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"I was born in Omaha, Nebraska. 1937. When I say Omaha, Nebraska, I have to be fair to my roots in 'Soud' Omaha. Emphasis on 'Soud' Omaha. You can always tell when somebody is from – They say they're from 'South' Omaha I'm always skeptical. We always refer to it as Soud Omaha… I'm the youngest of six. Half Irish, half German. My mother was 100 percent Irish, 102 pounds of pure bedlam, and when she came after me, I fled. And I gave her often opportunity to come after me. Sorry, Mom…
     "Went to St. Mary's Grade School, which is just in the stone's throw of the stockyards… I was in the Irish part of South Omaha. They called it 'The Hill.' We lived over on 'The Hill.' That was where the Irish pretty much hung out and lived. And I think to this day a lot of them are still there. North of us over in the area of St. Stanislav's Church was where the Polish community was. Just north and east of us, the Irish thing, was a place called the Belgian Curve where the Belgians and the Flemish people lived. And then east of us, which would be east of the stockyards, was the place called Brown Park where the Bohemian people and Czechs lived. And I think to some extent still live there. And then south of the stockyards, south of St. Mary's School – There's a church down there, St. Peter and Paul, and at that time there was a school (perhaps there still is, don't know) that's where the Croatian and the Slavic peoples lived… But it was very tight knit. We stayed in South Omaha along west Q Street at the Irish [area]. You spent the time there with the ethnic group there. And if you occasionally got brave and risked your life and limb, you would go into the Polish community in pursuit of what they had to offer. Need I go further?
     "I followed my father and older brother into the stockyards. My Daddy was down there for 55 years, give or take a month or two. My older brother for 30 perhaps… And then I started there in '55. And I'm rather proud of that particular year because 1955 was the world record run for livestock, for cattle in the Omaha stockyards, was in the fall of 1955. The largest collection of cattle in the stockyard's history. And I had just gotten down there. It was pretty exciting. But it was bedlam keeping track of 53,000 cattle on a Monday. That was what they called the fall run, which was historically the first Monday in October. A lot of cattle were, of course, slaughter cattle. But, perhaps half of those numbers were replacements, stocker-feeder cattle that came from the Sandhills, that came from Wyoming, from Montana, the Dakotas, Colorado… They would come from Utah. Idaho. Western Nebraska. From the Mississippi west. That doesn't leave a whole lot of the country left. The ranch country. Wherever there was a ranch. Those cattle, at that time, that time – in the 40s, 50s, 30s, into the 60s – came to Omaha. Some might go to Sioux City. Some might go to Kansas City. But the big guy on the block was Omaha…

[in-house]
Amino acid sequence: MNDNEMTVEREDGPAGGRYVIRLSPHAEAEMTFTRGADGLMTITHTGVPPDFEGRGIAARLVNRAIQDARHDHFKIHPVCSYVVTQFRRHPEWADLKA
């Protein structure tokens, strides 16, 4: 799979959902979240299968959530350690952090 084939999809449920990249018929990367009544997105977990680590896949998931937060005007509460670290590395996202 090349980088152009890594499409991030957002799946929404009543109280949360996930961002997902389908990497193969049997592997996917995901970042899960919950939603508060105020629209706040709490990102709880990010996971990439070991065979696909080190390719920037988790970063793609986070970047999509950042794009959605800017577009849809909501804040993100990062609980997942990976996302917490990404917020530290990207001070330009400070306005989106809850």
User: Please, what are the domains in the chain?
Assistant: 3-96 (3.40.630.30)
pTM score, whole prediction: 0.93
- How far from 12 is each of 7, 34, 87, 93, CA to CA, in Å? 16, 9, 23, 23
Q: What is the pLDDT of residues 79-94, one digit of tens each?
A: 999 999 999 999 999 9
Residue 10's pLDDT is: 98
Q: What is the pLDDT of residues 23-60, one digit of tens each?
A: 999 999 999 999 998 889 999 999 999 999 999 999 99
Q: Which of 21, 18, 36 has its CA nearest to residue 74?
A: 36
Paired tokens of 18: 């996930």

"They were shipped, in those days, usually by rail. And the fellows that sold their cattle in those days, their fat cattle, they would go up on what we called 'the hill' which is the western part of the stockyards and buy the replacement cattle.
     "But for a young man like myself working in the stockyards, all I saw was one animal with four legs that had to be watered, fed, weighed, kept track of, moved from here to there, and it was glorious bedlam."

Tom Hoffman – Working at the Stockyards

   

Other Excerpts from Tom Hoffman’s Interview:

Consumer Demands
Changes in Cattle Industry
A Typical Sales Day
Going to the City
The "Country" Market